Notes from the Garden: Creating or Renovating Your Foundation Garden

Over the years, I have gotten many requests from new homeowners or clients who have overgrown foundation gardens and need to renovate them, or create a completely new one. The foundation garden is the first part of the garden to be considered because it is closely situated around the house’s exterior and therefore has a direct connection with the visual appeal that the house transmits to the public. It frames a house, giving important accents to the architectural details and providing screening for other less visually desirable details such as utilities or air conditioning units located around the building.

In older houses, the foundation garden can be restructured, and sometimes the existing plant material can be reorganized, divided or transplanted to another area of the property where it can be used to solve problems such as screening of “bad views,” which is a problem that occurs very often. Frequently in new houses there is no foundation planting at all, or just some shrubs placed in front of the building. In this case, the whole structure has to be rethought. But in both cases a plan must be made to guarantee a successful garden. Without a plan, the final results can be very disappointing.

The style of the house and character of surrounding area (for example: village, woods, farm, fields or waterfront) can help determine the look to achieve in the garden. The understanding of the period of architecture when the house was built and the environment where the house sits will bring ideas for the structural and soft elements to be chosen, such as fences, walls, hedges, paths, flowers, shrubs and trees. This can be done in a formal and organized design or an informal and more ecological one.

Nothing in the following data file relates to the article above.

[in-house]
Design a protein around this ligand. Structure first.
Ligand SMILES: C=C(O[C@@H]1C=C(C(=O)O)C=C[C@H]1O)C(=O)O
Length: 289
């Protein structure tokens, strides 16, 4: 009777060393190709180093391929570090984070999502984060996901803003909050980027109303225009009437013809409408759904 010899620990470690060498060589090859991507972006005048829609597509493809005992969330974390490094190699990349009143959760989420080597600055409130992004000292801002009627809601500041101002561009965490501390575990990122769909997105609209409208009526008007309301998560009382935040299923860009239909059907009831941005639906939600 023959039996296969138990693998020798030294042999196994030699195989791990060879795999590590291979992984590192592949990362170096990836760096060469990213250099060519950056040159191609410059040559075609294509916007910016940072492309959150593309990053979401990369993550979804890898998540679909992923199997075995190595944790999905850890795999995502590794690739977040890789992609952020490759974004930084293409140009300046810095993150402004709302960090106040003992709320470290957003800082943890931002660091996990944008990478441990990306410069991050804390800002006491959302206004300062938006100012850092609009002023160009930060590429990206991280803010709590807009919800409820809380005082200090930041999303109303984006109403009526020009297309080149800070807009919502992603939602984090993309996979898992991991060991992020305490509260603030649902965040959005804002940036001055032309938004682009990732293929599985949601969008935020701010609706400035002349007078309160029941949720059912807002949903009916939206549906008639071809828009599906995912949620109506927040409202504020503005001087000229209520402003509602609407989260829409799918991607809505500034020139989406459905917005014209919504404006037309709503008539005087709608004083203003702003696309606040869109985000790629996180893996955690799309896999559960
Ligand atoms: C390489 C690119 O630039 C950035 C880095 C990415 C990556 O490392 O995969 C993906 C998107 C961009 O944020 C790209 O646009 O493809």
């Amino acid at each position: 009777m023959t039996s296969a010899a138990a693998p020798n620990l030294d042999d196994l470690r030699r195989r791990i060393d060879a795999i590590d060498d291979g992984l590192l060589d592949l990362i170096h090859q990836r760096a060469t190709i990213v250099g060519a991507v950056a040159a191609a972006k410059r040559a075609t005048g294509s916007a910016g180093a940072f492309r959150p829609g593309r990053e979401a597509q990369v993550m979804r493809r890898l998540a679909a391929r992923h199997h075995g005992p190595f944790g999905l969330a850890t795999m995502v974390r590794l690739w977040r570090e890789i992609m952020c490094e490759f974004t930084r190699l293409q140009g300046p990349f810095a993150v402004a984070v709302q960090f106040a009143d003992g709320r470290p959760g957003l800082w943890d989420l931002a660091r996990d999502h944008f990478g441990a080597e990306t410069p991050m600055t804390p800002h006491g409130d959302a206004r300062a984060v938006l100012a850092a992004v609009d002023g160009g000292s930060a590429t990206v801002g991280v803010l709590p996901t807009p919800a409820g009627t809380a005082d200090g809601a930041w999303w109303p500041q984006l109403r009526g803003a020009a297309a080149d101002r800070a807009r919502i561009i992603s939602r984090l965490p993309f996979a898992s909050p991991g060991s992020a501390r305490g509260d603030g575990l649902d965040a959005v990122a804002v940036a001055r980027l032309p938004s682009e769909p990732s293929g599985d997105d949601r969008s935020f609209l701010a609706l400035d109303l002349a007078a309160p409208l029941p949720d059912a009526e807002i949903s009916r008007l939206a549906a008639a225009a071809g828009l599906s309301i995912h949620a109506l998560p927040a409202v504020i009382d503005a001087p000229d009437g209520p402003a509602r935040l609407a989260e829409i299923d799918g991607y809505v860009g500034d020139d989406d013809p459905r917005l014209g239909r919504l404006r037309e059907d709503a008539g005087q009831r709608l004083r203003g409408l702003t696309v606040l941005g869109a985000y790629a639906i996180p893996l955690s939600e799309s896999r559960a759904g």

A choice of the adequate plant material planted in masses helps to combine basic concepts of repetition of colors, textures, plants and shapes, unifying the design and giving simplicity, balance and interest to the foundation garden. I always suggest a mixed garden using evergreens, perennials, annuals, herbs and trees for a year-round balance. Evergreens give winter color and define important architectural elements such as doors and borders. It is always important to remember that doors (especially the front door of the house) are focal points and should be well-framed to give easy access to them. (It is terrible when you have to search for a front door.) Perennials and annuals give seasonal color, breaking the strong overall green of trees and lawn. Herbs are highly suggested; they are excellent companion plants because they protect many other varieties from diseases, for example lavender or nepeta. They can be located in edges or even placed in urns spreading a nice fragrance around the area. Trees that are well situated give drastically different depth and height.

Fences, hedges, walls and paths in the right scale and proportion with all the other elements give gardens good frame and shelter, making them very attractive. Stone walls with the appropriate sort of stone for the site are a very interesting element. They can stretch the eye view when you look to the front of the house.

Overall, the foundation garden frames a house, and no matter if it is a restoration or new creation, all elements must be considered and balanced to give not only structure but also grace and accent to the architectural design of the house.

Landscape designer, writer and lecturer Frederico Azevedo is the CEO of Unlimited Earth Care, providing design and landscape maintenance to the Hamptons for over 20 Years. For more info, contact 631-725-7551 or visit unlimitedearthcare.com.

BACK TO House & Home

 
logo
You must be logged in to vote.
logo